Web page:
Wednesday marks the deadline for about 50 local school councils with Chicago Public Schools to decide whether they want to keep their school resource officers — Chicago police officers assigned to work on school campuses.
So far, CPS data shows that most of the schools are set to keep at least one officer. While they’ve been the subject of controversy, particularly after last year’s racial justice demonstrations, supporters of having officers on campus argue that they can be part of a comprehensive safety plan.
“They’ve been a resource, whether it’s (helping) students who’ve endured violence en route to school or whether there has been violence surrounding the school that had to result in a soft lockdown,” Ramona Burress, a member of Kenwood Academy High School’s local school council told WTTW News last year. “Those things would only occur because we had those officers present to be the resource … that they are intended to be,” he said.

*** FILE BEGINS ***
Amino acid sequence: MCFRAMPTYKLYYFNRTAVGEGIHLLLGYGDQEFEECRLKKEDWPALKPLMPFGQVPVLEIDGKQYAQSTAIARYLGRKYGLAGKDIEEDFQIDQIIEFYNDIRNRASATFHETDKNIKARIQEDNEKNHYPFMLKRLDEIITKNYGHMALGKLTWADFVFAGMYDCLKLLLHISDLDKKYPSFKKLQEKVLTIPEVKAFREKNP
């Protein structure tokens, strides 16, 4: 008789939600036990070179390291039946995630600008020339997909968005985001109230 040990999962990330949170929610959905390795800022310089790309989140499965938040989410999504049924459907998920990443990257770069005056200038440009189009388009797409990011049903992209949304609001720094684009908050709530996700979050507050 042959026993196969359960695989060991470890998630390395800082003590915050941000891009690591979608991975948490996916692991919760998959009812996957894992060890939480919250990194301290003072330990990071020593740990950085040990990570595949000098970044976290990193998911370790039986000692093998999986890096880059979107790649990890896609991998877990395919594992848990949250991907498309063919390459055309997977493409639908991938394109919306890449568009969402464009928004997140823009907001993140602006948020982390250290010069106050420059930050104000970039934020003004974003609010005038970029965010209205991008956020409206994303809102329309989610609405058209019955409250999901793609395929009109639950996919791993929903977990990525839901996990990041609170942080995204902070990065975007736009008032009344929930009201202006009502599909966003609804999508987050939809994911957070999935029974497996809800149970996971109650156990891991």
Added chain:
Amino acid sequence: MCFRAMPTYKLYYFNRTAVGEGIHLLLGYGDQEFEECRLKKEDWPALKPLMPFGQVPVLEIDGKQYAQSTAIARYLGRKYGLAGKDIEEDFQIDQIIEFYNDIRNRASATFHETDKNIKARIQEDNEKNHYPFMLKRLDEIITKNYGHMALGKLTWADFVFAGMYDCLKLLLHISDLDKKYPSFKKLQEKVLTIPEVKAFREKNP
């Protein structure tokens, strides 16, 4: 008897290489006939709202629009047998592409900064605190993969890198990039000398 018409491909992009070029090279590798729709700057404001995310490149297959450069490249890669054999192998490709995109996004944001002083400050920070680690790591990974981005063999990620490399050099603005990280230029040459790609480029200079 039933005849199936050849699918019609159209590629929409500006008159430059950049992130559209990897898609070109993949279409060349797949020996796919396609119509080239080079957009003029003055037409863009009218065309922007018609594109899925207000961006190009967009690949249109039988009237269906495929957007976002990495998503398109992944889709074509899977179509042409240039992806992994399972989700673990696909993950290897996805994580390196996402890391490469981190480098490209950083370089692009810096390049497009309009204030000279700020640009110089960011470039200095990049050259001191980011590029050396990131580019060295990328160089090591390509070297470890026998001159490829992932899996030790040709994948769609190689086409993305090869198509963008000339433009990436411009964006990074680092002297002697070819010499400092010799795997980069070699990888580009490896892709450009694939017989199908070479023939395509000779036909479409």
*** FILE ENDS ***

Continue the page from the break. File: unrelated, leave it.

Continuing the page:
But some students, parents and community groups have pushed back, saying police officers aren’t the only means to keeping schools safe.
“Safety doesn’t always mean police officers,” said Meyiya Coleman, an organizer with Voices of Youth in Chicago Education, which has worked to help develop school safety plans that don’t involve police. “I think safety for young people should mean getting the resources they need inside of their schools to excel, to succeed, and also inside of their communities … like mental health and behavioral health resources.”
VOYCE is among the community groups that’s helped develop alternative safety and restorative justice models, including at Curie High School. Coleman says these models better respond to the needs of students who may be dealing with PTSD, anxiety and depression, issues she thinks can be exacerbated by a school environment.
“When they say, ‘I don’t feel safe with a police officer in our school, I feel more safe with a counselor in my school,’ why aren’t we listening to our students?” Coleman said.